Preconception radiation and chemotherapy have the potential to produce germ cell mutations leading to genetic disease in the next generation. Dose-response relationships were evaluated between cancer treatments and untoward pregnancy outcomes.
Patients and Methods
A case-cohort study was conducted involving 472 Danish survivors of childhood and adolescent cancer and their 1,037 pregnancies. Adverse outcomes included 159 congenital malformations, six chromosomal abnormalities, seven stillbirths, and nine neonatal deaths. Preconception radiation doses to the gonads, uterus, and pituitary gland and administered chemotherapy were quantified based on medical records and related to adverse outcomes using a generalized estimating equation model.
Results
No statistically significant associations were found between genetic disease in children and parental treatment with alkylating drugs or preconception radiation doses to the testes in male and ovaries in female cancer survivors. Specifically, the risk of genetic disease was similar among the children of irradiated survivors when compared with nonirradiated survivors (relative risk [RR], 1.02; 95% CI, 0.59 to 1.44; P = .94). A statistically significant association between abdomino-pelvic irradiation and malformations, stillbirths, and neonatal deaths was not seen in the children of female survivors overall (P = .07) or in the children of mothers receiving high uterine doses (mean, 13.5 Gy; max, 100 Gy; RR, 2.3; 95% CI, 0.95 to 5.56).
Conclusion
Mutagenic chemotherapy and radiotherapy doses to the gonads were not associated with genetic defects in children of cancer survivors. However, larger studies need to be conducted to further explore potential associations between high-dose pelvic irradiation and specific adverse pregnancy outcomes.
doi:10.1200/JCO.2011.35.0504
PMCID: PMC3255559  PMID: 22124106
5.  Development and Assessment of an Integrated Computer-Aided Detection Scheme for Digital Microscopic Images of Metaphase Chromosomes 
Journal of electronic imaging  2008;17(4):043008.
The authors developed an integrated computer-aided detection (CAD) scheme for detecting and classifying metaphase chromosomes as well as assessing its performance and robustness. This scheme includes an automatic metaphase-finding module and a karyotyping module and it was applied to a testing database with 200 digital microscopic images. The automatic metaphase-finding module detects analyzable metaphase cells using a feature-based artificial neural network (ANN). The ANN-generated outputs are analyzed by a receiver operating characteristics (ROC) method and an area under the ROC curve is 0.966. Then, the automatic karyotyping module classifies individual chromosomes of this cell into 24 types. In this module, a two-layer decision tree-based classifier with eight ANNs established in its connection nodes was optimized by a genetic algorithm. Chromosomes are first classified into seven groups by the ANN in the first layer. The chromosomes in these groups are then separately classified by seven ANNs into 24 types in the second layer. The classification accuracy is 94.5% in the first layer. Six ANNs achieved the accuracy above 95% and only one had lessened performance (80.6%) in the second layer. The overall classification accuracy is 91.5% as compared to 86.7% in the previous study using two independent datasets randomly acquired from our genetic laboratory. The results demonstrate that our automated scheme achieves high and robust performance in identification and classification of metaphase chromosomes.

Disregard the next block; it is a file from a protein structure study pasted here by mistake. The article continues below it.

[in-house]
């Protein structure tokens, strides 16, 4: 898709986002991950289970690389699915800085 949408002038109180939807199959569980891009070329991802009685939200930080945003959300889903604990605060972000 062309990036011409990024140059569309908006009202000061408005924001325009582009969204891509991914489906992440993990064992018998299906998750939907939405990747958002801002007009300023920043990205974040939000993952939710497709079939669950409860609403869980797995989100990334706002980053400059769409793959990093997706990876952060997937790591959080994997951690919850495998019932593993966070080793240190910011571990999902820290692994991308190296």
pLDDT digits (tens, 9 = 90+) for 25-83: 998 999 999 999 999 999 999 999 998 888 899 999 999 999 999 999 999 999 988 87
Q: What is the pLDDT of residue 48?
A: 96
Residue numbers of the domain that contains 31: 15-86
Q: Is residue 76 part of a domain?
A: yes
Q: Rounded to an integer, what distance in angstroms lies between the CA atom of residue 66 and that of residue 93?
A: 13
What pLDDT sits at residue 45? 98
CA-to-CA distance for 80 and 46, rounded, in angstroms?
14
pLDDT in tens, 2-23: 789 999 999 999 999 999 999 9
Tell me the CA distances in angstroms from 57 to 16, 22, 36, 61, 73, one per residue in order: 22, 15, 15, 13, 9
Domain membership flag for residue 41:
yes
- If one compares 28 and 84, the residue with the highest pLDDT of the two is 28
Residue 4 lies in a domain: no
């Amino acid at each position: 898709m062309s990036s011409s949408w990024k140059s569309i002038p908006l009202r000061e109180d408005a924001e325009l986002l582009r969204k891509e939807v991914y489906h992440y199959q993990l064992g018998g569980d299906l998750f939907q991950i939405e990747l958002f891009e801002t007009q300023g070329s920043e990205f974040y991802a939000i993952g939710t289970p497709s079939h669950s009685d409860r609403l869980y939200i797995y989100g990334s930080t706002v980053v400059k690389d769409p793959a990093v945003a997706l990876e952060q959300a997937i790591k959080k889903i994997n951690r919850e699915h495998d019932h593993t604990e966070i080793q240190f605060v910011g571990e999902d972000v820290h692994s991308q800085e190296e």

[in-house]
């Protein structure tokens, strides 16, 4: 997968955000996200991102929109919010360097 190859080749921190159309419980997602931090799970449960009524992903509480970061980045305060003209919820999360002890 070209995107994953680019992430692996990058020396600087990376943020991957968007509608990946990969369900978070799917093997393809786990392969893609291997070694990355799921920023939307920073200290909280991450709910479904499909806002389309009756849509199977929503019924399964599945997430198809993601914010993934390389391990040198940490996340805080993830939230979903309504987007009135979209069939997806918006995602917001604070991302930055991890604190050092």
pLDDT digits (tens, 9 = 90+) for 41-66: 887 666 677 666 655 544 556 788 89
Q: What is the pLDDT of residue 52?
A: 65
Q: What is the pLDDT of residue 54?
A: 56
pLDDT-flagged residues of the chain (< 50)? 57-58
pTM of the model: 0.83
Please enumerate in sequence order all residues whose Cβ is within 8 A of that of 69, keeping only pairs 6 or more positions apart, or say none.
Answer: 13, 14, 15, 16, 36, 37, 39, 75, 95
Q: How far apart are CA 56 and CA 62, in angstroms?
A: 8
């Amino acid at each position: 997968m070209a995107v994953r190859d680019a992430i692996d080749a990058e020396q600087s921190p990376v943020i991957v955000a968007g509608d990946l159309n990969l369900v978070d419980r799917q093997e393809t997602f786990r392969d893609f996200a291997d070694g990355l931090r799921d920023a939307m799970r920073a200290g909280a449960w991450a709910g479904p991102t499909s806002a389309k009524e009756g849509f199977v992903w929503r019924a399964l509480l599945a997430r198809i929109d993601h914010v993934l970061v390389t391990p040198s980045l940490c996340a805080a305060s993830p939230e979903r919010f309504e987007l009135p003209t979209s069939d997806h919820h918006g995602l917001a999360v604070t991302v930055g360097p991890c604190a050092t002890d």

doi:10.1117/1.3013459
PMCID: PMC3475421  PMID: 23087585
Metaphase chromosome; Karyotype; Computer-aided detection; Artificial neural network; Receiver operating characteristics
6.  Preconception exposure to mutagens: medical and other exposures to radiation and chemicals 
Journal of Community Genetics  2012;3(3):205-211.
Contrary to intuition, no environmental exposure has been proved to cause human germ line mutations that manifest as heritable disease in the offspring, not among the children born to survivors of the American atomic bombs in Japan nor in survivors of cancer in childhood, adolescence, or young adulthood who receive intensive chemotherapy, radiotherapy, or both. Even the smallest of recent case series had sufficient statistical power to exclude, with the usual assumptions, an increase as small as 20 % over baseline rates. One positive epidemiologic study of a localized epidemic of Down syndrome in Hungary found an association with periconceptual exposure to a pesticide used in fish farming, trichlorfon. Current population and occupational guidelines to protect against genetic effects of ionizing radiation should continue, with the understanding they are based on extrapolations from mouse experiments and mostly on males. Presently, pre-conceptual counseling for possible germ cell mutation due to the environment can be very reassuring, at least based on, in a sense, the worst-case exposures of cancer survivors. Prudence demands further study. Future work will address the issue with total genomic sequencing and epigenomic analysis.